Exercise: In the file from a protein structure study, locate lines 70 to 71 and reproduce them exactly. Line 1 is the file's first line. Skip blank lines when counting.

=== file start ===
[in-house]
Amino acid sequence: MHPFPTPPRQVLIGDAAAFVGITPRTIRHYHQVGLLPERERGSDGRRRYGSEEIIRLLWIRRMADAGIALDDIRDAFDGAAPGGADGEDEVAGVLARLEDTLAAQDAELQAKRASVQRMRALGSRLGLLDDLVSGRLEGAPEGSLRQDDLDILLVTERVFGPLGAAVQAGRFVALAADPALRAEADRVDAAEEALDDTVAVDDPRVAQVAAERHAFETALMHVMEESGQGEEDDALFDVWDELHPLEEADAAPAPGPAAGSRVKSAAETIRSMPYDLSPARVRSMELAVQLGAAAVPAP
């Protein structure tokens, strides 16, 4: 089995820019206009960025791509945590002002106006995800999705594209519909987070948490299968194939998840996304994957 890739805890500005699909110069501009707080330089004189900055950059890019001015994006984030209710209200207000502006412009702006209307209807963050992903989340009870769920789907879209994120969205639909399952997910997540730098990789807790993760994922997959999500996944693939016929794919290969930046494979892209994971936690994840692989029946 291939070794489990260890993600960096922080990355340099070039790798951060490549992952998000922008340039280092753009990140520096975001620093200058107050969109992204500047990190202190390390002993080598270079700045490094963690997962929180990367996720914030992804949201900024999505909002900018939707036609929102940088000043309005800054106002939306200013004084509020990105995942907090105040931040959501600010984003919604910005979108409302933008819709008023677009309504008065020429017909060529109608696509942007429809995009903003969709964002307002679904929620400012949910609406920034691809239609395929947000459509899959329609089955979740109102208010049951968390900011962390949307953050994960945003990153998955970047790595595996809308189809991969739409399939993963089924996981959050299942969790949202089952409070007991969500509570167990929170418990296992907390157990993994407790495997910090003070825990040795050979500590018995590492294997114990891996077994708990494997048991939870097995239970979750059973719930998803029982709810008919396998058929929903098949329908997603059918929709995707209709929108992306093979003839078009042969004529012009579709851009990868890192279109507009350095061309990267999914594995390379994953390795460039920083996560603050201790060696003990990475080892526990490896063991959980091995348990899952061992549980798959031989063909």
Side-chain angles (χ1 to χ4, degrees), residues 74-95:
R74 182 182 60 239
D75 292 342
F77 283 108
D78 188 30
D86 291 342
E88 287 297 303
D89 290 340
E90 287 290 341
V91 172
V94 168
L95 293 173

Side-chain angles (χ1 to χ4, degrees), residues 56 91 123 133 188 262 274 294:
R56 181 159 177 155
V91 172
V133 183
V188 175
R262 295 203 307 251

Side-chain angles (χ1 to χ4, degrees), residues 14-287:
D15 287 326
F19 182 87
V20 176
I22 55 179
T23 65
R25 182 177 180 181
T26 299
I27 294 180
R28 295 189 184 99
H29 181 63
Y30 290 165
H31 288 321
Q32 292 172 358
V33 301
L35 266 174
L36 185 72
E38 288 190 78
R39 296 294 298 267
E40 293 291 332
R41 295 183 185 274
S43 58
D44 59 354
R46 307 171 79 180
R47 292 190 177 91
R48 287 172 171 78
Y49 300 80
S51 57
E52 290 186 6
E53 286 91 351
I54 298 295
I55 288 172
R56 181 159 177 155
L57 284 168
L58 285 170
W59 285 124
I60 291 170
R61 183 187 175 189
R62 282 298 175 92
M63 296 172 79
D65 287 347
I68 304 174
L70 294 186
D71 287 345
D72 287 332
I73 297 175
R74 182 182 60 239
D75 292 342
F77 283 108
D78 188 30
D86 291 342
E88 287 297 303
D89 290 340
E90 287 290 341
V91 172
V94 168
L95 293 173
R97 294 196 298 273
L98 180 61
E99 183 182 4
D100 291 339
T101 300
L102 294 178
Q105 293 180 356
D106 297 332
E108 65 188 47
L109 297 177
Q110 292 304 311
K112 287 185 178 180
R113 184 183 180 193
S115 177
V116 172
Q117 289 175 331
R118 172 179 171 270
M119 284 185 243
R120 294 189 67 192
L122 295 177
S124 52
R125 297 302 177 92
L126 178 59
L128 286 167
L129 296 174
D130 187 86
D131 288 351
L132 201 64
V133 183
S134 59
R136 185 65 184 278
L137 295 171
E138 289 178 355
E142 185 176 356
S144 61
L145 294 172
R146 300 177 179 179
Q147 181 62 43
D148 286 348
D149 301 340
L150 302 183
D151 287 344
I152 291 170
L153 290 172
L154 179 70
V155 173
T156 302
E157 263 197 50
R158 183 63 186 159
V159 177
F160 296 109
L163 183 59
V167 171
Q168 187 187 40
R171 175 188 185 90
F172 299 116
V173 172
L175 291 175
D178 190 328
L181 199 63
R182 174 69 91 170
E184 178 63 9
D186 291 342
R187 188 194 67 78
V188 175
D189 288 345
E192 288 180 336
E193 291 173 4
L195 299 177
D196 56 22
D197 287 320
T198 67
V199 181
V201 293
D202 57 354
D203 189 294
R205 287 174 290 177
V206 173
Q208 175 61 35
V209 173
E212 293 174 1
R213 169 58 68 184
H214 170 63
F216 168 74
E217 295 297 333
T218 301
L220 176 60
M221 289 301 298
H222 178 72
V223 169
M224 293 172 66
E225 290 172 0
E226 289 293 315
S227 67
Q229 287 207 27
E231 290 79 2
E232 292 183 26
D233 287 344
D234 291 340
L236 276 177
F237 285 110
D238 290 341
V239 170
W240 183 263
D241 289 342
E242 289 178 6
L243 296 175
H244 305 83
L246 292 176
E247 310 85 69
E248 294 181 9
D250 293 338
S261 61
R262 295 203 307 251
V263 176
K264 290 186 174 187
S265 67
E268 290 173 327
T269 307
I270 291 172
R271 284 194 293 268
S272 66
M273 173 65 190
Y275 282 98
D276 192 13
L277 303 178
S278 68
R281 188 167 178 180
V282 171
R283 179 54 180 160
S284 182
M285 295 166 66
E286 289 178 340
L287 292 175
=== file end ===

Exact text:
F77 283 108
D78 188 30